My Personal Relationship with Christ
So let me say up front I’ve never had
a personal relationship with Christ,
although Lord knows I’ve tried. For instance, when
my mother died, I went to write her name
in the Book of the Dead at Corpus Christi Church.
I carefully inscribed it on the page
and in that devastating darkness wished
that He had come to talk with me. I prayed
for quick conveyance of my mother’s soul,
but what Christ may have done to comfort her,
wherever she might have been, I never knew.
I’ve often wondered what it would be like
to have a drink with Him. Would He show up
at Mulligan’s or at the Old Town bar?
He wouldn’t take a whisky, only wine.
I’d treat Him to a round or two. The point
is that He never comes, which makes it hard
to have a personal relationship.
Maybe I should go to Abilene
and get a gun, a Bushmaster assault rifle,
and learn to sing some Randy Travis tunes
and send my money in to men of God
like Creflo Dollar and his Ministry.
In righteousness and rhinestones maybe then
Christ would come to me. It would be good
to have this personal relationship,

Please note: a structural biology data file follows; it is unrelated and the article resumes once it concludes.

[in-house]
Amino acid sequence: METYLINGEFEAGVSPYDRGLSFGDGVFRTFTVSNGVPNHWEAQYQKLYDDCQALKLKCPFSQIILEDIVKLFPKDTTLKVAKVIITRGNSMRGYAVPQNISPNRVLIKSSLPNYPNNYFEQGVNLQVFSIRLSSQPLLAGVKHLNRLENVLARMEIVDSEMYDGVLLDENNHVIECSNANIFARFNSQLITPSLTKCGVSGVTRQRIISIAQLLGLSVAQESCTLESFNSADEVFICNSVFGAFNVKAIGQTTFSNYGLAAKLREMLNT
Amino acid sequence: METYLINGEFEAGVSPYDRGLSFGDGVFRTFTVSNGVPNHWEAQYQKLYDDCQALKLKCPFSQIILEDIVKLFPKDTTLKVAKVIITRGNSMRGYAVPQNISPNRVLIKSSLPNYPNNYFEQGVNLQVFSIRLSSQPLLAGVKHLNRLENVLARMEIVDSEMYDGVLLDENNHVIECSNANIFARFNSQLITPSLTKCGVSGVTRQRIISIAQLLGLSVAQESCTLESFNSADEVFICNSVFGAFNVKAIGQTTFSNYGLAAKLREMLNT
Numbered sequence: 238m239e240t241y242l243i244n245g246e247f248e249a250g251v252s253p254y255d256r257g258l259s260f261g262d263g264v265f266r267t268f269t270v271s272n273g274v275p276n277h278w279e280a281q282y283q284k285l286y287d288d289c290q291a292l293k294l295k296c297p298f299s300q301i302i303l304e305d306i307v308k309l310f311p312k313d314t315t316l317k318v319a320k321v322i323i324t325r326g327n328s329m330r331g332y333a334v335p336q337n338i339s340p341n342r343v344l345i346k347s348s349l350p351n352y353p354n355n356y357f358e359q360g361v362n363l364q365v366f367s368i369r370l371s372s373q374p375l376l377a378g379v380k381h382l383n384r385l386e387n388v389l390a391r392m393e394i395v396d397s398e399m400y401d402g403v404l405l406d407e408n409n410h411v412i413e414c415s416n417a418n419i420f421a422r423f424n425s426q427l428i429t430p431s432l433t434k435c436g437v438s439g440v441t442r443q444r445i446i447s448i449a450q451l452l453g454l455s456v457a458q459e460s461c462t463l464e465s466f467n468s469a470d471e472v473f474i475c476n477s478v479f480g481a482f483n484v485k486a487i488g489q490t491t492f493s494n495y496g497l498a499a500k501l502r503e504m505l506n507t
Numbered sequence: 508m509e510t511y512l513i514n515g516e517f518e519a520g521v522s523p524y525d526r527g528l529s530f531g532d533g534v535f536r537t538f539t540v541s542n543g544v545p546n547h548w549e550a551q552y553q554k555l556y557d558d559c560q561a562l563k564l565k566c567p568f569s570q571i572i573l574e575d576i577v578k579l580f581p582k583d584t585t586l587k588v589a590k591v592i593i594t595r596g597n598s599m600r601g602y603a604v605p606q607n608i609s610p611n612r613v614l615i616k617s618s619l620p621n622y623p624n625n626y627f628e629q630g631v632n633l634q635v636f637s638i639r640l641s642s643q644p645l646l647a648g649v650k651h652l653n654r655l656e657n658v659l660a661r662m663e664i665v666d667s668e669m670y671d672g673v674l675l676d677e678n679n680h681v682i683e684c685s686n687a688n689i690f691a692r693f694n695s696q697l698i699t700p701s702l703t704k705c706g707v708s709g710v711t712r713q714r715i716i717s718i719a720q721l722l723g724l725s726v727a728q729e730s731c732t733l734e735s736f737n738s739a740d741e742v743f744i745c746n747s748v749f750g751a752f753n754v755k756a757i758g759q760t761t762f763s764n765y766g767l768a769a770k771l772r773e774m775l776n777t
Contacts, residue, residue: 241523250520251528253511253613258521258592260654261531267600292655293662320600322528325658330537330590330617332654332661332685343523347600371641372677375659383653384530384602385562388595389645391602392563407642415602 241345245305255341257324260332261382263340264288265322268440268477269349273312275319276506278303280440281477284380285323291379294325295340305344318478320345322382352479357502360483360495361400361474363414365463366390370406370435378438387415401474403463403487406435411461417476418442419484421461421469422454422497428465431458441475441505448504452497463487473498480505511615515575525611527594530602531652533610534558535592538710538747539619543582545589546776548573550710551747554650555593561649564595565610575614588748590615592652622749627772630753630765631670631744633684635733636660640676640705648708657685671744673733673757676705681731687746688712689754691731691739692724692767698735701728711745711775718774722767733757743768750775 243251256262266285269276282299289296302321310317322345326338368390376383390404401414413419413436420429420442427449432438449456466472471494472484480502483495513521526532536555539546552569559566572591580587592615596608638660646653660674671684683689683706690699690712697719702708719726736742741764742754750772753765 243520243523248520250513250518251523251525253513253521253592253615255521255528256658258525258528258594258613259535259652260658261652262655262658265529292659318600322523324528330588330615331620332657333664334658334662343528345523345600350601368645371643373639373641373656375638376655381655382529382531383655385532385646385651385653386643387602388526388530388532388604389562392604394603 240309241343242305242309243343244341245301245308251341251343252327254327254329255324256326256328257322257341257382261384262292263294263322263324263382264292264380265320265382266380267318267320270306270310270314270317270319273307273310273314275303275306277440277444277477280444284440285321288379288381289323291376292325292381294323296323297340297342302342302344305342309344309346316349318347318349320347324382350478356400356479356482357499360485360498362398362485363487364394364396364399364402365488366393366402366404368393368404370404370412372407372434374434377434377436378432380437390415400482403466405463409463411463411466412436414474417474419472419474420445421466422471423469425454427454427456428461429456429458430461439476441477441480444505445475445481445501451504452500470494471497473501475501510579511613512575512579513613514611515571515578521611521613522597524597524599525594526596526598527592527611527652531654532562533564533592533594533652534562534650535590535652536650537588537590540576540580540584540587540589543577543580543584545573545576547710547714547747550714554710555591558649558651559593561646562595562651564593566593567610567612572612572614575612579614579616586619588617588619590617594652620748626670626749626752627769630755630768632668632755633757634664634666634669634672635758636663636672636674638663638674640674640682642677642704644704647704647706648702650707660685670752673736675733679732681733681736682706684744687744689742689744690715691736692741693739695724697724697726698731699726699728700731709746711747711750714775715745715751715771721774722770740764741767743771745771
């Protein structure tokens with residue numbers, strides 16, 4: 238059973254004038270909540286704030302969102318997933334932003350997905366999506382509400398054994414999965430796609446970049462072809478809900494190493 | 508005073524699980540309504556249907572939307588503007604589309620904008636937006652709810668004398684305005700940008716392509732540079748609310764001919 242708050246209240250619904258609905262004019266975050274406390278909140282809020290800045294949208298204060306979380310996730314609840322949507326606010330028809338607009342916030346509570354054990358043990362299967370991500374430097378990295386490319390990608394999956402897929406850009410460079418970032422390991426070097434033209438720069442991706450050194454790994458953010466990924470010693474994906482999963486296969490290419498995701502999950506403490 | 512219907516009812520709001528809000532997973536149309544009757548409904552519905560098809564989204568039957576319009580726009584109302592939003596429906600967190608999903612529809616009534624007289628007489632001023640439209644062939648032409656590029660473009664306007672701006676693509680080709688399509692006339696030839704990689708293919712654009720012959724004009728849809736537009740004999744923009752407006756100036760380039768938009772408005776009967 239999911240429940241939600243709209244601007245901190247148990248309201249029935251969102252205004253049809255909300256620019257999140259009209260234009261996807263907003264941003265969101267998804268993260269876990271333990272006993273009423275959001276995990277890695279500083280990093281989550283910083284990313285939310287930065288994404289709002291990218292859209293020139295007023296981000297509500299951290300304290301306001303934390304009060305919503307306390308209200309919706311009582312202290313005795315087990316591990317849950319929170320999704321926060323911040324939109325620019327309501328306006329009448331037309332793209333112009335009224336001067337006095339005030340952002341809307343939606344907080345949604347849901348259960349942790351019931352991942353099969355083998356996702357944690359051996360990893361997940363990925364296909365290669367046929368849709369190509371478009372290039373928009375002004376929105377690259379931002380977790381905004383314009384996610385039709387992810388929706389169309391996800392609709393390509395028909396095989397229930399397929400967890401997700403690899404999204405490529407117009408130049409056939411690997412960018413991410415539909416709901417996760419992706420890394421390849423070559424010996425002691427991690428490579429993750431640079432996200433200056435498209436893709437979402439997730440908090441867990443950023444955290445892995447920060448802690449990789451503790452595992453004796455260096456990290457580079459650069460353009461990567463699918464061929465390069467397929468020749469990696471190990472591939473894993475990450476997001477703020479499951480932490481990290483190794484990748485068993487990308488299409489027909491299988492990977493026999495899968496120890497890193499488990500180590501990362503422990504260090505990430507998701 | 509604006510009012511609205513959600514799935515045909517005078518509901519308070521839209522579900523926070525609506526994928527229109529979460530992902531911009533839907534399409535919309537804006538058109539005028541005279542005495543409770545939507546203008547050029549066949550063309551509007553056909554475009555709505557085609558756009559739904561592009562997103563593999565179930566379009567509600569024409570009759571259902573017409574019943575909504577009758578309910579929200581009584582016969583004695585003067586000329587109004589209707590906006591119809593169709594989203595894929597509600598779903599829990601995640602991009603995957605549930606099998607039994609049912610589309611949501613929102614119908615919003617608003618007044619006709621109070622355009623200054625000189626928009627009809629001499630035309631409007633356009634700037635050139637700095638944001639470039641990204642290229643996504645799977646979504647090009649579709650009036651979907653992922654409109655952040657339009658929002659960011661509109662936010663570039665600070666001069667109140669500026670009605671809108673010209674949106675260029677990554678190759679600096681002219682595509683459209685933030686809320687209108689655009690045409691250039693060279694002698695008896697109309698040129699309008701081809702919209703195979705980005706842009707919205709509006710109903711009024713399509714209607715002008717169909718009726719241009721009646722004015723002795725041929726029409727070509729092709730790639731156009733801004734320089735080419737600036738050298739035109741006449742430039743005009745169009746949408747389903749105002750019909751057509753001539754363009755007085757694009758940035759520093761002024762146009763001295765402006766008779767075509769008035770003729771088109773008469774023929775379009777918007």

but how does anybody pal around
with the nexus of all human suffering?
And why would He decide to hang around
and listen to my low-end grievances?
To think He would is to be guilty of
the sin of Pride, or at the very least
to be unpleasantly presumptuous.
If everyone is special, no one is,
and I would bet that Jesus doesn’t want
a personal relationship with me.
John Foy’s first book is Techne’s Clearinghouse (Zoo Press, 2004). His poems have appeared in the Swallow Anthology of New American Poets (Ohio University Press, 2009), Poetry, The New Yorker, The New Criterion, Parnassus, Cimarron Review, The Raintown Review, Barrow Street, Think, and other journals, and on line at Poetry Daily, Nervous Breakdown, Umbrella, linebreak, and Big City Lit. He works as a senior financial editor at Itaú BBA Securities. He lives in New York with his wife, son, and daughter.